Posting a job advert on Facebook does not constitute social recruiting. Nor does spamming 10 people you’ve never met with the exact same (non-personalized) LinkedIn InMail. If you think social recruiting doesn’t work or it’s a waste of time, you’re probably doing it wrong.
Social recruiting done right can give your the company an edge, and attract and retain necessary talent, which is crucial - but ever-more challenging - in the current landscape.
“Hiring the right talent is a priority for many businesses, and now because of the challenge Brexit brings, it’s also a major concern,” says Julie Bishop, a social recruiting specialist and founder of Jobhop. “If traditional methods are not working anymore then perhaps a more modern approach is needed. Social recruiting is one way to tap into talented candidates online.”
Katrina Collier, social media recruitment trainer at The Searchologist, agrees that Brexit will cause significant problems for recruitment, but that there are other issues as well. “We already know all about Baby Boomers leaving the workforce, but Gen X knowledge workers are following suit, with many setting up on their own. This shrinks the talent pool significantly and is a huge challenge for recruiters.”
Bishop explains that many businesses make the mistake of posting a few job vacancy posts on Twitter and praying it will make top candidates come rushing.
“That’s not social recruiting,” she says. “The keyword is social; it’s all about building relationships, gaining trust and creating engaging communities which you can cherry pick from when the time arises.”
Alexandra LeBlanc-Domain, global partner talent acquisition specialist at The Predictive Index, says: “Investing in and embracing social recruiting is to acknowledge that candidates and prospects are more than just keywords on paper or a screen. When employers are transparent and open to creating meaningful dialogue, their brand value increases, they become more desirable, and candidate satisfaction skyrockets.”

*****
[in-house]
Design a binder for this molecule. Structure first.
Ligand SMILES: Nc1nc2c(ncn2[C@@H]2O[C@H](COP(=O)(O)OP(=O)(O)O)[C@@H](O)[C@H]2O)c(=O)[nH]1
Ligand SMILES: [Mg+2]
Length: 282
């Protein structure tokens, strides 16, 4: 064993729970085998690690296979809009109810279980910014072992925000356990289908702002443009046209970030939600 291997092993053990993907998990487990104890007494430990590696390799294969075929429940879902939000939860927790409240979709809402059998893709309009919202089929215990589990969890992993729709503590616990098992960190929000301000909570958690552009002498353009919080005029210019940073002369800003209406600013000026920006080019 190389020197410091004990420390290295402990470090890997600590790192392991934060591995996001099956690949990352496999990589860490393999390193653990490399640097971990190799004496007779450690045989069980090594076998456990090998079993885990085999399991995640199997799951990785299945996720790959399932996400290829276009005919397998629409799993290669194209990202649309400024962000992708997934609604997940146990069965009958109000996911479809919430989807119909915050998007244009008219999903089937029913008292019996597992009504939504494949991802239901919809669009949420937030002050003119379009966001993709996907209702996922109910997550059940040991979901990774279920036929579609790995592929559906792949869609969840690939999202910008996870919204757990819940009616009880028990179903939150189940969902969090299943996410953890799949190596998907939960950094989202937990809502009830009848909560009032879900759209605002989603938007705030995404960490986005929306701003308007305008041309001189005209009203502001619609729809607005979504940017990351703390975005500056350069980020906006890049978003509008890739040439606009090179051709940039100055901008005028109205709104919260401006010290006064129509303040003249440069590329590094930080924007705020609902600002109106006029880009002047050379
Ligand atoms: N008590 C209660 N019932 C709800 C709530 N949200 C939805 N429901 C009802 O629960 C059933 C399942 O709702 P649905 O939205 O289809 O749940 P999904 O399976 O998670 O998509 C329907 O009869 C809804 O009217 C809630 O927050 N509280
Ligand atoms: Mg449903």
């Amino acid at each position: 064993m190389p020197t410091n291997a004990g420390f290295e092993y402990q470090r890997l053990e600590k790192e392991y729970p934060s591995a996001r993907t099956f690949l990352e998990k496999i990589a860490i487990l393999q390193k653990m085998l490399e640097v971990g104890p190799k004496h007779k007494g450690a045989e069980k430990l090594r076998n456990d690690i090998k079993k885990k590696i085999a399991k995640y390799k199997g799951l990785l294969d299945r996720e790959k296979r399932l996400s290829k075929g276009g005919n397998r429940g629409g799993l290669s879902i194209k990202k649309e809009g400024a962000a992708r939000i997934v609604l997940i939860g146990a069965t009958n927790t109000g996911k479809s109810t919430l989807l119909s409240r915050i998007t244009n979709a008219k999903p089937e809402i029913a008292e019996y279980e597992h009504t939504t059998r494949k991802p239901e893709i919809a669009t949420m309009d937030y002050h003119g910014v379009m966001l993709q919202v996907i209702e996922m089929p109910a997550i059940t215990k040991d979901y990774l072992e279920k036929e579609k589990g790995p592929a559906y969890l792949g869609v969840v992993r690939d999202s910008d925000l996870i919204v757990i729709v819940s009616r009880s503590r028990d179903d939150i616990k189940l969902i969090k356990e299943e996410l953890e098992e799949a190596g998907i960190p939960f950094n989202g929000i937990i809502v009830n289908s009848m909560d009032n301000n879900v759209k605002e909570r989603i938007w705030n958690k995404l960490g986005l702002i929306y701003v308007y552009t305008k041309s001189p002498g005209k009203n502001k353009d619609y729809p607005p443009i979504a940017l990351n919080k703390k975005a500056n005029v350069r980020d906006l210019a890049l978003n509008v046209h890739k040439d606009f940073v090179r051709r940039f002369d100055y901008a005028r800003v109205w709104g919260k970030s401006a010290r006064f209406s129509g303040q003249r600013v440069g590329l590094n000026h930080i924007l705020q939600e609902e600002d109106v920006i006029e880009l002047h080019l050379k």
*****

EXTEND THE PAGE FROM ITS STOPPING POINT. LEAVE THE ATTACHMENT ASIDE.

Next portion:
"The next step is to find extra information about potential candidates through social media. Research what they are talking about on their social profiles and the things they care about, and balance this with an offer that makes your job seem like one that's worth doing."
According to Emma Gunes, co-founder at talent acquisition software Landed, social recruiting involves attracting candidates to a company, rather than just a job.
"Work has become a part of people's lives and something they expect to enjoy. People are increasingly picking companies based on their culture, values and image, as well as looking for a job and company that fits them as a person. Recruiters need to cultivate this culture through social media so they can attract talent that identifies with those values. On our social media accounts, we post pictures of the beautiful view from our office, as well as of the ice-creams they could enjoy, rather than stale pictures of our computers and ."
James Ellis, managing consultant at employer branding organization Bex Consultants, adds: “Recruiters need to engage, sharing brand stories, answering questions and participating in the social conversation. This creates brand awareness and give prospects a more compelling reason to apply.”